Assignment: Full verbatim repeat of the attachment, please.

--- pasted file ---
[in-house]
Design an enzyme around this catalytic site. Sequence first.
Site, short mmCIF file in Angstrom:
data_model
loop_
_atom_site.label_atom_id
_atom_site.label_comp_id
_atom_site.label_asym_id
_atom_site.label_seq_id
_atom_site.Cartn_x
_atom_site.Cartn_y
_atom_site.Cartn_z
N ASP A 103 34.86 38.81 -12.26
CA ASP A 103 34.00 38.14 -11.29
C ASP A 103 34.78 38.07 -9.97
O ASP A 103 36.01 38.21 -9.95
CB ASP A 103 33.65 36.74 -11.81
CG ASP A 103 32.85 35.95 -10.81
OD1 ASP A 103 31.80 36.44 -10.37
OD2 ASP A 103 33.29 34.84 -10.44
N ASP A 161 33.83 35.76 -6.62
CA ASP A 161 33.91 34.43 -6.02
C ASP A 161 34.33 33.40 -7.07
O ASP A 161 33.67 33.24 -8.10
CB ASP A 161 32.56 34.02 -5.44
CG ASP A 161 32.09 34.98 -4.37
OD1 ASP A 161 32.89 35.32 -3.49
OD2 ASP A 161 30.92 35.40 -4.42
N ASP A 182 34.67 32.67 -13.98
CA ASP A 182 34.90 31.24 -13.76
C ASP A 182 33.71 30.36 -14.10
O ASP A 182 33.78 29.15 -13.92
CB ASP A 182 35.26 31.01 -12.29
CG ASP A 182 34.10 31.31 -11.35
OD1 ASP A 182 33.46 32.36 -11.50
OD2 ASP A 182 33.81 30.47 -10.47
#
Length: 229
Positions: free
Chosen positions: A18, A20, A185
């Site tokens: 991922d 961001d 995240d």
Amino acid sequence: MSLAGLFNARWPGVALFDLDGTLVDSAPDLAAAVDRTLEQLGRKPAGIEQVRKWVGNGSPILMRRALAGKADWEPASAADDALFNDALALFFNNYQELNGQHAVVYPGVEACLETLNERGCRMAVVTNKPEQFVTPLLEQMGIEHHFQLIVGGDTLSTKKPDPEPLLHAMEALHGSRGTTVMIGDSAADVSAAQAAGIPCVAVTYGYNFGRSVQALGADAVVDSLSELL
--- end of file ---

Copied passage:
[in-house]
Design an enzyme around this catalytic site. Sequence first.
Site, short mmCIF file in Angstrom:
data_model
loop_
_atom_site.label_atom_id
_atom_site.label_comp_id
_atom_site.label_asym_id
_atom_site.label_seq_id
_atom_site.Cartn_x
_atom_site.Cartn_y
_atom_site.Cartn_z
N ASP A 103 34.86 38.81 -12.26
CA ASP A 103 34.00 38.14 -11.29
C ASP A 103 34.78 38.07 -9.97
O ASP A 103 36.01 38.21 -9.95
CB ASP A 103 33.65 36.74 -11.81
CG ASP A 103 32.85 35.95 -10.81
OD1 ASP A 103 31.80 36.44 -10.37
OD2 ASP A 103 33.29 34.84 -10.44
N ASP A 161 33.83 35.76 -6.62
CA ASP A 161 33.91 34.43 -6.02
C ASP A 161 34.33 33.40 -7.07
O ASP A 161 33.67 33.24 -8.10
CB ASP A 161 32.56 34.02 -5.44
CG ASP A 161 32.09 34.98 -4.37
OD1 ASP A 161 32.89 35.32 -3.49
OD2 ASP A 161 30.92 35.40 -4.42
N ASP A 182 34.67 32.67 -13.98
CA ASP A 182 34.90 31.24 -13.76
C ASP A 182 33.71 30.36 -14.10
O ASP A 182 33.78 29.15 -13.92
CB ASP A 182 35.26 31.01 -12.29
CG ASP A 182 34.10 31.31 -11.35
OD1 ASP A 182 33.46 32.36 -11.50
OD2 ASP A 182 33.81 30.47 -10.47
#
Length: 229
Positions: free
Chosen positions: A18, A20, A185
């Site tokens: 991922d 961001d 995240d």
Amino acid sequence: MSLAGLFNARWPGVALFDLDGTLVDSAPDLAAAVDRTLEQLGRKPAGIEQVRKWVGNGSPILMRRALAGKADWEPASAADDALFNDALALFFNNYQELNGQHAVVYPGVEACLETLNERGCRMAVVTNKPEQFVTPLLEQMGIEHHFQLIVGGDTLSTKKPDPEPLLHAMEALHGSRGTTVMIGDSAADVSAAQAAGIPCVAVTYGYNFGRSVQALGADAVVDSLSELL